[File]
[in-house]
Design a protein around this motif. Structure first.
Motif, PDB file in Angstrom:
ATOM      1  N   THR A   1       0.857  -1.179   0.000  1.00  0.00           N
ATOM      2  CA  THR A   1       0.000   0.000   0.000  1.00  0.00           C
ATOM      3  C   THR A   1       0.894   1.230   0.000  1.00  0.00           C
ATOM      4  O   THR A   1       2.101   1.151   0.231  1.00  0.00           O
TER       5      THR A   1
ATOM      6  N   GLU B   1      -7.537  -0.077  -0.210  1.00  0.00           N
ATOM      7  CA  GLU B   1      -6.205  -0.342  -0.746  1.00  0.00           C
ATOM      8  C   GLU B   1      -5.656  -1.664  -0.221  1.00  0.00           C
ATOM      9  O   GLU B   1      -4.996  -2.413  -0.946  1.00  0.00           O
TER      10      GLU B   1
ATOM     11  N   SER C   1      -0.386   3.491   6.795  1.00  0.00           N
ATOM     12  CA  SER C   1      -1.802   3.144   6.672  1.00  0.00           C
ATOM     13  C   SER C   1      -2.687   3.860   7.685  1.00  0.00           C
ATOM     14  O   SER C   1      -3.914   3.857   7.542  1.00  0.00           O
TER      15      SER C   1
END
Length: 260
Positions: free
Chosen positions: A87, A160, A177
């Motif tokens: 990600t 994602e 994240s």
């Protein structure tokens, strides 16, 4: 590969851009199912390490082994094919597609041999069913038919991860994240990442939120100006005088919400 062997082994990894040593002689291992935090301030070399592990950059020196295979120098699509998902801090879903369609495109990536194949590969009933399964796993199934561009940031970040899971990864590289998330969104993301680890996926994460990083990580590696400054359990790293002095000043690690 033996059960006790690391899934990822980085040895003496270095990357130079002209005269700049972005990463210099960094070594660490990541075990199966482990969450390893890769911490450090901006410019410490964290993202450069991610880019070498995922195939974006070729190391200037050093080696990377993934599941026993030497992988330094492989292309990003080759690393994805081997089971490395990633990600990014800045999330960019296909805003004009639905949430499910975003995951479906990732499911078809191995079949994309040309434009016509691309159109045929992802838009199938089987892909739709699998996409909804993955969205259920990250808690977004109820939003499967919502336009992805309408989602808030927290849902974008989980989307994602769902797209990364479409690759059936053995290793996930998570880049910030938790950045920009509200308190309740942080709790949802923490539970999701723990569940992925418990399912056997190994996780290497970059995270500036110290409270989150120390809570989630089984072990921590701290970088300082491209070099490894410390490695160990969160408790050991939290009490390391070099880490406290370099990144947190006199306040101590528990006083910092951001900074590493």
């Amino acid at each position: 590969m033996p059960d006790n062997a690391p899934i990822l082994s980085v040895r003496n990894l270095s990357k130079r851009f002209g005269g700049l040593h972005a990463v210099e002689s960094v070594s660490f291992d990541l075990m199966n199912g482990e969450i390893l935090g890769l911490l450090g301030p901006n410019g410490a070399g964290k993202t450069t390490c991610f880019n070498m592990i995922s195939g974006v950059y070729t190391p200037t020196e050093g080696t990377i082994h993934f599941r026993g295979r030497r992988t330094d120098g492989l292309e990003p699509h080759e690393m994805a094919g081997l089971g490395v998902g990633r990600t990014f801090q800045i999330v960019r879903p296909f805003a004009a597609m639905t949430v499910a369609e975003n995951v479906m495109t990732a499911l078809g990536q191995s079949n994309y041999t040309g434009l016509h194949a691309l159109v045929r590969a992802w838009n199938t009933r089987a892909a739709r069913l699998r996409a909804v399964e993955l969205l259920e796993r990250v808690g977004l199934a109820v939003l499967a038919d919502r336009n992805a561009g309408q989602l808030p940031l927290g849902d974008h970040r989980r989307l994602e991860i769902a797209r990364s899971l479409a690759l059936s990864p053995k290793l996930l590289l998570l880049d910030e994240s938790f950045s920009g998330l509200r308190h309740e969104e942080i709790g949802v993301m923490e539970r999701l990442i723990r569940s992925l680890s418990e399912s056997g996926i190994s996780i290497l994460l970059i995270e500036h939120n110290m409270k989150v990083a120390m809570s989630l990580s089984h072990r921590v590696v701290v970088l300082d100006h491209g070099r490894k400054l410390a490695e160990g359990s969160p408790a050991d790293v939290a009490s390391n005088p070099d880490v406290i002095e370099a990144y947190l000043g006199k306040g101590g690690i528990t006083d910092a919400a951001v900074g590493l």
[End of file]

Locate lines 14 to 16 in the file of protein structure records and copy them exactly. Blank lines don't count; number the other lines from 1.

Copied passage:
ATOM     11  N   SER C   1      -0.386   3.491   6.795  1.00  0.00           N
ATOM     12  CA  SER C   1      -1.802   3.144   6.672  1.00  0.00           C
ATOM     13  C   SER C   1      -2.687   3.860   7.685  1.00  0.00           C